Skagen, DenmarkIf there's something familiar about Skagen (pronounced "skane") when you arrive, it may be that you've seen this place before. In the 1880s, this fishing village at the juncture of the North Sea and Baltic was home to an artists' colony, and its images have graced galleries and postcards alike. With picturesque yellow houses, famously shifting dunes, and skies so clear it's hard to tell where they end and the sea begins, there's plenty of fodder for pen and brush. A tour of the Skagens Museum is a good place to begin your exploration and put your finger on that feeling of deja vu. You'll also find miles of white beaches, a sprawling nature center designed by the architect of the Sydney Opera House, and the eerie ruins of a church abandoned in 1795 to the creeping dunes.
Copenhagen, DenmarkThis historic city of palaces, canals and copper spires casts a sense of enchantment upon all who walk along its cobbled streets. Little wonder that Copenhagen’s favorite son, Hans Christian Andersen, was inspired to write some of the world’s most beloved fairy tales – including The Little Mermaid – which in turn inspired the city’s iconic bronze sculpture at Copenhagen Harbor that is perhaps the world’s most-visited work of public art. The magnificent Opera House defines the opposite side of the harbor. As for the palaces, travelers may visit the Queen’s residence, Rosenborg Palace, and Christiansborg Palace, which houses the Danish Parliament, Supreme Court, and Ministry of State. World-class shopping beckons on Strøget, the world's longest pedestrian street, while the famed Tivoli Gardens offers tree-lined pathways, theatres, open air stages, restaurants, cafés and 26 attractions. And aficionados of Carlsberg beer can visit the brewery, which is among the city’s largest tourist attractions.
Warnemunde, GermanyThis lively sea resort and district of Rostock is renowned for its long, wide expanse of startlingly white beach, which makes it a popular spot for sun-seeking locals. Founded in 1218, Warnemünde also is a major Baltic port for cruise ships filled with travelers eager to discover its charms – such as the New Market, lined with gabled buildings from different eras and an extraordinary town hall combining gothic and baroque style, as well as the monumental St. Marien Church, distinguished by its famous astronomical clock from 1472 and a grand baroque organ. Part of the former East German Republic, Warnemünde today is a thriving base for shipbuilding and the growing wind power industry. Strolling along the beach promenade affords such scenic pleasures as the old lighthouse, built in 1897, and plentiful shopping. The Old Channel offers various restaurants and pubs in delightfully close proximity to traditional fishing boats.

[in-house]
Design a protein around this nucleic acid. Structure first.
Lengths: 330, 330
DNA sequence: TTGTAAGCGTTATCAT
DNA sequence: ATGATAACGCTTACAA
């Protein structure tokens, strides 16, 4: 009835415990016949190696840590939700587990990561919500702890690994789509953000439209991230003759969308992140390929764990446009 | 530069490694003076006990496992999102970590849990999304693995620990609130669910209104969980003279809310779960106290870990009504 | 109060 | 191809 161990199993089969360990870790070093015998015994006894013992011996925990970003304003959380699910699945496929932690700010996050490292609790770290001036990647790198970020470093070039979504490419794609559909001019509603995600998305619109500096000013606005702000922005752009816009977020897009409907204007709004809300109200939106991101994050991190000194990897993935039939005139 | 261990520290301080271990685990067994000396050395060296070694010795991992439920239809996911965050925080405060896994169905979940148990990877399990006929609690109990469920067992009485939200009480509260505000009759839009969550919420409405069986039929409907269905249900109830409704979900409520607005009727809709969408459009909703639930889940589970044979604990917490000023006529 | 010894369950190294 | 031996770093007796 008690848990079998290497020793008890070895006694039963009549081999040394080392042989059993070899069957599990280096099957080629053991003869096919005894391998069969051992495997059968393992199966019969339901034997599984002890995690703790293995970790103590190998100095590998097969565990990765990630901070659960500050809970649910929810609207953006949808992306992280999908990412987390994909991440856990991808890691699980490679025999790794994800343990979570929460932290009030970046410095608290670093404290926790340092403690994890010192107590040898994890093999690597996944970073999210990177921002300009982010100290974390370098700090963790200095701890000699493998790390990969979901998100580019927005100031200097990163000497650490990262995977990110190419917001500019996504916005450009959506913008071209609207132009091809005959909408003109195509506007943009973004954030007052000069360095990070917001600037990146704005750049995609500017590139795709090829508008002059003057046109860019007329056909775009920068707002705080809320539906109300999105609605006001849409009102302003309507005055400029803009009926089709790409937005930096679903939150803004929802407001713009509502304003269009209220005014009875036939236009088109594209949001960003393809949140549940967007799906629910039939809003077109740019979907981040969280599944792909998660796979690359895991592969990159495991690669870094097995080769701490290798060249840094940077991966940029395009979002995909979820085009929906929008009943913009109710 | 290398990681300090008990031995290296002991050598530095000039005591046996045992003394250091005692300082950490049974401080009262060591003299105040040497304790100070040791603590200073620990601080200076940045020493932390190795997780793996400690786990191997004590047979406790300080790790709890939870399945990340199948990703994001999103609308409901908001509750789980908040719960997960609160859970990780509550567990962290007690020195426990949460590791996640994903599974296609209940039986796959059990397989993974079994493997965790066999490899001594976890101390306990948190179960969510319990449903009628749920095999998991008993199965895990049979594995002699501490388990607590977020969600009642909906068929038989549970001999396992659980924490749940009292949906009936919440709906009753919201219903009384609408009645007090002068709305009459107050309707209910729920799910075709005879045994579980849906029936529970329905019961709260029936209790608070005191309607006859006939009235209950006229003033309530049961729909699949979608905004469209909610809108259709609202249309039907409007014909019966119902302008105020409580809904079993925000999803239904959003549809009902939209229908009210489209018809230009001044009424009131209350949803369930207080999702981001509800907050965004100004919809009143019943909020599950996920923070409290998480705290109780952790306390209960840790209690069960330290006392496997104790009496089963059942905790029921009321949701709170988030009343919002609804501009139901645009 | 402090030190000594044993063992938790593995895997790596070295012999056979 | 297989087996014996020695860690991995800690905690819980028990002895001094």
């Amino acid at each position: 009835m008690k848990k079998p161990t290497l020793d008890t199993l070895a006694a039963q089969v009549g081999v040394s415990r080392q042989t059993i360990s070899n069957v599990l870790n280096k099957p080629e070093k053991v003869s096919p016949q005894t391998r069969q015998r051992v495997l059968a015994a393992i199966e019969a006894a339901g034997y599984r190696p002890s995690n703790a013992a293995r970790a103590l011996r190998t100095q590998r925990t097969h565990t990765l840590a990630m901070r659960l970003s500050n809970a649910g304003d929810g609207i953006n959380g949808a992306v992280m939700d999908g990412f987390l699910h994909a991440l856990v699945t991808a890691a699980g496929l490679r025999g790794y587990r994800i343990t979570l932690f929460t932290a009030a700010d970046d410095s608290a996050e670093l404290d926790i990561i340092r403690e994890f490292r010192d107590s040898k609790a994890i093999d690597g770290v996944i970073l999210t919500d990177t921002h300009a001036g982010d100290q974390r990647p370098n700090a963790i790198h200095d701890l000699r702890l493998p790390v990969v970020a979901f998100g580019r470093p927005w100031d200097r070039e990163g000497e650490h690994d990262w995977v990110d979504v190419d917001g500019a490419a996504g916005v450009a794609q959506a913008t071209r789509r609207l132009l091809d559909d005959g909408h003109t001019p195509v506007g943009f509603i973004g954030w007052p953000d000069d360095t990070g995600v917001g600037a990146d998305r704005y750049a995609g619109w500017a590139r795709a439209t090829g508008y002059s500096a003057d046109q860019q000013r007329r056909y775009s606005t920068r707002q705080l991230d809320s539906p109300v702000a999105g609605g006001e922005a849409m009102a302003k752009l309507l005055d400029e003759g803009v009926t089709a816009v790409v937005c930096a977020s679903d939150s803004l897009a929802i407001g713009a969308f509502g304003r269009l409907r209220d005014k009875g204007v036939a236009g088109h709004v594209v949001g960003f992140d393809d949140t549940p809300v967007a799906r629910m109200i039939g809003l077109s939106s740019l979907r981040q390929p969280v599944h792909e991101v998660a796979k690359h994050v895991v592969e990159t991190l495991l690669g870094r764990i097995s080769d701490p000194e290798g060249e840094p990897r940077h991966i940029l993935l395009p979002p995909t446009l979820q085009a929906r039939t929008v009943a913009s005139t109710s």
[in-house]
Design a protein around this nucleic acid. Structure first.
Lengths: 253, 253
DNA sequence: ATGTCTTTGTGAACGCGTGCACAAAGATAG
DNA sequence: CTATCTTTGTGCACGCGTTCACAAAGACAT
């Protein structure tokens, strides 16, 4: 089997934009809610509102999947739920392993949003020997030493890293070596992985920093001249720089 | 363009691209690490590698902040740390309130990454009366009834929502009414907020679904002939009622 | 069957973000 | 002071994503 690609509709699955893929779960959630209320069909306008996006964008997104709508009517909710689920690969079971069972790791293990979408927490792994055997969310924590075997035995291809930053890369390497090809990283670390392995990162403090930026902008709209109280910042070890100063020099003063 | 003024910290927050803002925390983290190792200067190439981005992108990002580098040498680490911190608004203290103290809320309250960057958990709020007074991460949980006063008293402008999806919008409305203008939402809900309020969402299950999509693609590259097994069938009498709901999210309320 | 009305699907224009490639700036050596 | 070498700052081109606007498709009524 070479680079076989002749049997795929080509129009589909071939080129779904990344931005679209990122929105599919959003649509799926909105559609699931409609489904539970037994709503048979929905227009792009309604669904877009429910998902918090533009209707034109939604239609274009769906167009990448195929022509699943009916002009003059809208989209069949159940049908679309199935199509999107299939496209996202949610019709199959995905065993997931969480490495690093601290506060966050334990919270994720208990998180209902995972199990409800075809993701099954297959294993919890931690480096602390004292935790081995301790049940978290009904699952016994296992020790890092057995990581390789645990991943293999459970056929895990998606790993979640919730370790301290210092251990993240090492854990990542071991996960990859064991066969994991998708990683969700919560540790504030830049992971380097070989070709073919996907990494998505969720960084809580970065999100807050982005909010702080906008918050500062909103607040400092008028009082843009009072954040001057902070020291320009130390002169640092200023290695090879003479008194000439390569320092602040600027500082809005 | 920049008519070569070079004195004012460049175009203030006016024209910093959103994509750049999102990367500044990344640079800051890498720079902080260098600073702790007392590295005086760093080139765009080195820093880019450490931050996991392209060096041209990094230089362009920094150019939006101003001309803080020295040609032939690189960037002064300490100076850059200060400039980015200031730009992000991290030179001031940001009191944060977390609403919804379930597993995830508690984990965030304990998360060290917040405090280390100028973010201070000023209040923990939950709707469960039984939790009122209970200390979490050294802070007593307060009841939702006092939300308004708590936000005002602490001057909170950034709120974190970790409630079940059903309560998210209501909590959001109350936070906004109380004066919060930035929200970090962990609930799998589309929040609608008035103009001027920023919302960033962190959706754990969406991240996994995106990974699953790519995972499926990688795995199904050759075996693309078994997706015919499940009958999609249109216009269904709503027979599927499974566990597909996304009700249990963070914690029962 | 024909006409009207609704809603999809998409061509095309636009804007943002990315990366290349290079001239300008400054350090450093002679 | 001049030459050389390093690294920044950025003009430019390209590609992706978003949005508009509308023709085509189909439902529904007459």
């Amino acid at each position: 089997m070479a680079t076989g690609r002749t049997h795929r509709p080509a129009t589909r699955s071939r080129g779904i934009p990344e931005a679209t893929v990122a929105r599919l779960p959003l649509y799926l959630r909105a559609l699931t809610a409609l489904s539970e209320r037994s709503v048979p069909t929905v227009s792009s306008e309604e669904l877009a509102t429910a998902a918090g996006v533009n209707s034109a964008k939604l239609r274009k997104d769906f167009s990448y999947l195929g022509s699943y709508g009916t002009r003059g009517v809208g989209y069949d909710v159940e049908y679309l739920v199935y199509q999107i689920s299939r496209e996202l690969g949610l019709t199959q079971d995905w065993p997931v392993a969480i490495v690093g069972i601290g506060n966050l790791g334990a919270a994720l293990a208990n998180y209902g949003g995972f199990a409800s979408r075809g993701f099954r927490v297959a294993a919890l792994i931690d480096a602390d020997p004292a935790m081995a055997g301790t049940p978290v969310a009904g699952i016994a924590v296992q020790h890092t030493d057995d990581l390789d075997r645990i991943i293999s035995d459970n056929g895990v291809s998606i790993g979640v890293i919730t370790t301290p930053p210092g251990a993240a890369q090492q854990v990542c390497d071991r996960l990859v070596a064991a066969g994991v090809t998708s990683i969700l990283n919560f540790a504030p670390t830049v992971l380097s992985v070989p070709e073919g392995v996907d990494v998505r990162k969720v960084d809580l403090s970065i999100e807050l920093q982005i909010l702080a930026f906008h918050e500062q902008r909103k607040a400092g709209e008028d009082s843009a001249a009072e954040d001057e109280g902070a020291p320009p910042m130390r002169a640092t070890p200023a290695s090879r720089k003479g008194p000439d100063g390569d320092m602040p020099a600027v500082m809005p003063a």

At SeaRelax another day at sea while cruising towards Sweden.
Visby, SwedenKnown as the Pearl of the Baltic Sea, this town preserves its medieval heritage while keeping engaged with the 21st century. The great town wall, constructed in the 13th century, still stands as well as about 200 buildings, monasteries, church ruins and the stunning Cathedral Santa Maria. Built 500 years ago, the cathedral is known for its exquisite stained glass windows that draw those seeking an aesthetic as well as a spiritual experience. Despite the presence of modern trappings, Visby provides a strong sense of what life was like in 13th century Europe, allowing travelers a rare opportunity to experience time travel upon slipping away from modernly attired crowds to roam around the ruins and old quarters. The pride of its citizens in maintaining the town’s architectural integrity earned Visby UNESCO World Heritage status in 1995.
Sandhamn, SwedenExperienced travelers who despair of being jostled by mere tourists may be permitted their feelings of superiority and relief upon arrival on this peaceful island. Here, one can experience the remarkable maritime terrain of the outer archipelago. Sandhamn is the primary meeting place for sailors and yachters, with a vibrant party scene during summer. Decidedly off the mass-holidaymakers path, this idyllic village offers opportunities for discovery at every turn: narrow alleys, cottages in shades of rust red, and a historical sea pilot station. The classic Royal Swedish Yacht Club could be just at home in the Hamptons, while numerous restaurants and bars cater to yacht-culture patron
Stockholm, SwedenDisembark this morning for your continued journey home.